In the South, college football is religion, and on any Saturday afternoon in the fall, the deeply faithful congregate in stadiums across the region, praying that on this day their faith will be bolstered with a glorious victory on the gridiron.
Stuart Stevens grew up going to Ole Miss games with his father. In 1962, in the midst of tumultuous battles over civil rights on campus, Stevens and his father cheered the Rebels to a perfect season and a national championship. More than 50 years later, having just finished leading an exhausting and unsuccessful presidential campaign for Mitt Romney, Stevens “wakes up” and realizes that what he wants most in the world is one more season, “with my father and football and the Ole Miss Rebels.”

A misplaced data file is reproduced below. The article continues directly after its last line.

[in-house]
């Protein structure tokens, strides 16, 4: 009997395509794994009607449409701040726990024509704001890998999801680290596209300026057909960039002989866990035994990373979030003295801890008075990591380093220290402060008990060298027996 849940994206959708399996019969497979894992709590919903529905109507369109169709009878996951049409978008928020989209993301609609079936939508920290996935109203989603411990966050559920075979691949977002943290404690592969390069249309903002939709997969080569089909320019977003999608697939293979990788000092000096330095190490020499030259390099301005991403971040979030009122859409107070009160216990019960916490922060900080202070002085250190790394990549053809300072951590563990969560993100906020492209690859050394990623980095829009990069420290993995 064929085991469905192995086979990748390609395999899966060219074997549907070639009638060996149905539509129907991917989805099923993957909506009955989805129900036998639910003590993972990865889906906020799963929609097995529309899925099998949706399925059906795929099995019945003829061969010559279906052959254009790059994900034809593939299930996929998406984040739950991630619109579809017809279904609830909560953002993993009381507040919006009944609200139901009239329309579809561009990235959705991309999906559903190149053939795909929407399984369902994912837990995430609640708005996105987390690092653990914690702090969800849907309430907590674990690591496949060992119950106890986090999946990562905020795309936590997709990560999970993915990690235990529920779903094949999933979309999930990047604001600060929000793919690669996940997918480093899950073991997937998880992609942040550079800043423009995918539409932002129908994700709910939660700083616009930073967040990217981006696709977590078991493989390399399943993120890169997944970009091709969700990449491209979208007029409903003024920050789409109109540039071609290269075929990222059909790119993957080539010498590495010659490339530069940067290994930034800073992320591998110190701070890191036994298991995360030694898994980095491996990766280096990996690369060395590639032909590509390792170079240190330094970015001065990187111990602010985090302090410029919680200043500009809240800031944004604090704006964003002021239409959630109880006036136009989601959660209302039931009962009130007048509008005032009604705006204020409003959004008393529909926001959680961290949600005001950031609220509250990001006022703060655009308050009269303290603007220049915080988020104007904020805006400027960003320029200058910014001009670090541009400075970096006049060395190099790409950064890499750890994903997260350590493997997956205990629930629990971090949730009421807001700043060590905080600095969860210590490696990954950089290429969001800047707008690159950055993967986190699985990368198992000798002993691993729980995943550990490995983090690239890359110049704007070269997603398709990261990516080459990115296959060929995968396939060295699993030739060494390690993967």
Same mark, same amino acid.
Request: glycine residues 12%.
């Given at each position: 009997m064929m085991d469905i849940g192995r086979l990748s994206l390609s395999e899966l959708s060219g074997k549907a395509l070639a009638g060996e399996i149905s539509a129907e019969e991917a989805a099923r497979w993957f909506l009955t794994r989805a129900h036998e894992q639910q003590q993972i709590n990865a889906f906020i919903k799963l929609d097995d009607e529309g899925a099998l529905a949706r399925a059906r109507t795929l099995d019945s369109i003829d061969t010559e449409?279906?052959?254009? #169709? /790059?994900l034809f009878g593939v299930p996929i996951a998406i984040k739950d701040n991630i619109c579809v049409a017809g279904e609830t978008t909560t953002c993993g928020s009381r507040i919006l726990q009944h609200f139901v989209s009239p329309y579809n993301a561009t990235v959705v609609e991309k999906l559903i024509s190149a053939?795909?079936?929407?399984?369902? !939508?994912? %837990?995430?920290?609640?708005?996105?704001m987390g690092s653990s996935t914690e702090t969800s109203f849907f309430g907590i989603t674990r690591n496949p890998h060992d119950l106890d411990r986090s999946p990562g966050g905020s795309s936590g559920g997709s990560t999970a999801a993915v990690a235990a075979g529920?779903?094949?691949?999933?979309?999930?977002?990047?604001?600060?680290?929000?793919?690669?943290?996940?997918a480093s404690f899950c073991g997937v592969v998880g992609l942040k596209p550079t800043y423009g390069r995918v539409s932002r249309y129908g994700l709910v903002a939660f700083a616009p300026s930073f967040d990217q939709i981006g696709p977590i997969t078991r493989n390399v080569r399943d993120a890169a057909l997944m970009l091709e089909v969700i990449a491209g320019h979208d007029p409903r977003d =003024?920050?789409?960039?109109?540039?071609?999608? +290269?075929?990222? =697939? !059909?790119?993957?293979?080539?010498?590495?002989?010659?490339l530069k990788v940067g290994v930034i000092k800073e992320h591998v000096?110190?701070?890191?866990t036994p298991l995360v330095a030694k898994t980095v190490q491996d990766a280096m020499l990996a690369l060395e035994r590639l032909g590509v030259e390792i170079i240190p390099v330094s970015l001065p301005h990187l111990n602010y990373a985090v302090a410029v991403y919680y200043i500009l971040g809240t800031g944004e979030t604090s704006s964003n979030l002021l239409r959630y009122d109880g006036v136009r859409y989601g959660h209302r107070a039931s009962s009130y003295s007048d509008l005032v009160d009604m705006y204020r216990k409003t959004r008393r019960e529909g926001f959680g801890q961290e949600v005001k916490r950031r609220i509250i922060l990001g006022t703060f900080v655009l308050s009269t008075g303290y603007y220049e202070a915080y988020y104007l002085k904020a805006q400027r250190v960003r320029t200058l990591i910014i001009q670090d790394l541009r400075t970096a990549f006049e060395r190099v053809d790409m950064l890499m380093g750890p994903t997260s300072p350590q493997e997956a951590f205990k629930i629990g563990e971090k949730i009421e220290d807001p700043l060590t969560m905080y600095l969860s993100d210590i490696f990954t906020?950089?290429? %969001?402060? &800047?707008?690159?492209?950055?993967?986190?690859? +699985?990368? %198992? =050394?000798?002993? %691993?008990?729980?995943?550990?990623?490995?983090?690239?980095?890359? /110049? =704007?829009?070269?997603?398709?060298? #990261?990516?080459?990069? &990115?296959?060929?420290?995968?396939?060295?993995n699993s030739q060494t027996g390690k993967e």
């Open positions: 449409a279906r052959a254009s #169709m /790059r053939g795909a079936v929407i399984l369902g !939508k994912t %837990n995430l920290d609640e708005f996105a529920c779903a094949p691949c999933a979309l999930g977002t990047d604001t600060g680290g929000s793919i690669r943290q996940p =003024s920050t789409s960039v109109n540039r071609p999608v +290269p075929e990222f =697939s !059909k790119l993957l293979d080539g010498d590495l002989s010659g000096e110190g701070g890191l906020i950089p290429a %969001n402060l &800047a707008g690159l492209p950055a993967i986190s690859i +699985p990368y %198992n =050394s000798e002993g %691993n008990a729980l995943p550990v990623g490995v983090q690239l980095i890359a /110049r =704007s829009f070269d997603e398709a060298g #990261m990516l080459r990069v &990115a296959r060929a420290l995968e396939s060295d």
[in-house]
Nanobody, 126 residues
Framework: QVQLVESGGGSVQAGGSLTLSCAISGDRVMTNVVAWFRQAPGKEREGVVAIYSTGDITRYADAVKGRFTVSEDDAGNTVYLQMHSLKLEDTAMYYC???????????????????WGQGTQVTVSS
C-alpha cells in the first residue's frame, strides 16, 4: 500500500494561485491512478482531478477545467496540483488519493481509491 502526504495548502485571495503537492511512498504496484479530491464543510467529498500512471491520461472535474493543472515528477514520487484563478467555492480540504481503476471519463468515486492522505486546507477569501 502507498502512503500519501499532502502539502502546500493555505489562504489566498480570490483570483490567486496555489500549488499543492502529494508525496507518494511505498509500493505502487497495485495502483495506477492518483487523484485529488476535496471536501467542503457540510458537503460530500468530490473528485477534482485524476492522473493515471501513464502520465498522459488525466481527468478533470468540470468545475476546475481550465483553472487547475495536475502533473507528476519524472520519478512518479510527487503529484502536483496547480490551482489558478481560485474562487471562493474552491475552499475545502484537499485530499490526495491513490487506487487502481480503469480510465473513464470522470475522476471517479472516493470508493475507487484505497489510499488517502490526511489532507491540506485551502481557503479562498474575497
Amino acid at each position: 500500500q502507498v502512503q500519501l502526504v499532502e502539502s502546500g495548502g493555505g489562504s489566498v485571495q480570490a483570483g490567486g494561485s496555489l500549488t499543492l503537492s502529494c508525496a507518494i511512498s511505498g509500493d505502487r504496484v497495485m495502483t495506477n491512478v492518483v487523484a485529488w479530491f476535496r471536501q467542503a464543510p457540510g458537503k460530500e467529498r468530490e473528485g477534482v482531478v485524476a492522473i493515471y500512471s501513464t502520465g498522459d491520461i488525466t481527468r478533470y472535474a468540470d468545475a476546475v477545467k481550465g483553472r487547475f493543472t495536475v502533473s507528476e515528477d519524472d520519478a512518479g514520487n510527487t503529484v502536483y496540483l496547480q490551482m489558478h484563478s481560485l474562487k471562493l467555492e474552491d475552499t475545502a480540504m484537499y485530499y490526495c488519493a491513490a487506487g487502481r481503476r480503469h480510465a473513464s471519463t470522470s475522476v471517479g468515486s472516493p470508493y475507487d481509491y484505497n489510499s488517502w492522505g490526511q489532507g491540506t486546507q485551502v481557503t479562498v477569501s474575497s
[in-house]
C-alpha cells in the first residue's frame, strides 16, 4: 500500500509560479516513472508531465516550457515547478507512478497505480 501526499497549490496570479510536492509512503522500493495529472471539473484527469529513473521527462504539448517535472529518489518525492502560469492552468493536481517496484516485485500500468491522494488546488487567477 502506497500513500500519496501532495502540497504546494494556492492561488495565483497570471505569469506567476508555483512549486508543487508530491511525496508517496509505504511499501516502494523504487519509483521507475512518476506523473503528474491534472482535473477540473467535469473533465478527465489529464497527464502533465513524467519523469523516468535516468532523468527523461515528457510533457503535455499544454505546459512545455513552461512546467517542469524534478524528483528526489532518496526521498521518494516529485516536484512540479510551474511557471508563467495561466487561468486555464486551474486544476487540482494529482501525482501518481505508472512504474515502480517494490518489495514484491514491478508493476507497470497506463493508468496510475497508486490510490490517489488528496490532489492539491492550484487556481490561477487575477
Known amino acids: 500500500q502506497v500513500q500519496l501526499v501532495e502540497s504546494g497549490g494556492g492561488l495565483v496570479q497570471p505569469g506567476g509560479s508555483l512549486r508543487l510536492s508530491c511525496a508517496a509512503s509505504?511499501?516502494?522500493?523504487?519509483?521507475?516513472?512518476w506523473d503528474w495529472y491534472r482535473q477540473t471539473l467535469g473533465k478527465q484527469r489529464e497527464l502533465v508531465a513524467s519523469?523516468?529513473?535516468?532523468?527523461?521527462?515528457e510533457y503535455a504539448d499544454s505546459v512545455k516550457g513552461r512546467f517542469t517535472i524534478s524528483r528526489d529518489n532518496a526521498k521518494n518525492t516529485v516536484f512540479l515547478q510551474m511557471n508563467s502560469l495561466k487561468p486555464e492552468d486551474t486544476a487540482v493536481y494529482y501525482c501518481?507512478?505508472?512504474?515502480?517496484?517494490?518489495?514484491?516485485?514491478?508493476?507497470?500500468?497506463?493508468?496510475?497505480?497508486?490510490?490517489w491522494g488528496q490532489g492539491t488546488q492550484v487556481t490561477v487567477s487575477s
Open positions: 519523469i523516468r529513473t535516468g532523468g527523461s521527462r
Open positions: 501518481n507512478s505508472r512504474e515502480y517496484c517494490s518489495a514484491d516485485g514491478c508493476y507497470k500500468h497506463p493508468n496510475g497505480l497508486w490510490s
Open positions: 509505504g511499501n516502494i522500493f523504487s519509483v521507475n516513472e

In The Last Season, Stevens, a cracking good storyteller, affectionately regales us with tales of his and his 95-year-old father’s final shared season in 2012. Offering a game-by-game chronicle, Stevens reveals how he gets to know his father once again through their shared love of football and their (occasionally hilarious) travels to the team’s home and away games.
Though his father is now frail, he leaps to his feet at the Ole Miss-LSU game to celebrate an Ole Miss interception, “and in that moment the years shed away as effortlessly as tossing aside a quilt when getting out of bed in the morning.”
Though Stevens sometimes digresses from his poignant tale to offer platitudes about sports and life, he always trots back to the line of scrimmage with a winning play that has us cheering from the sidelines.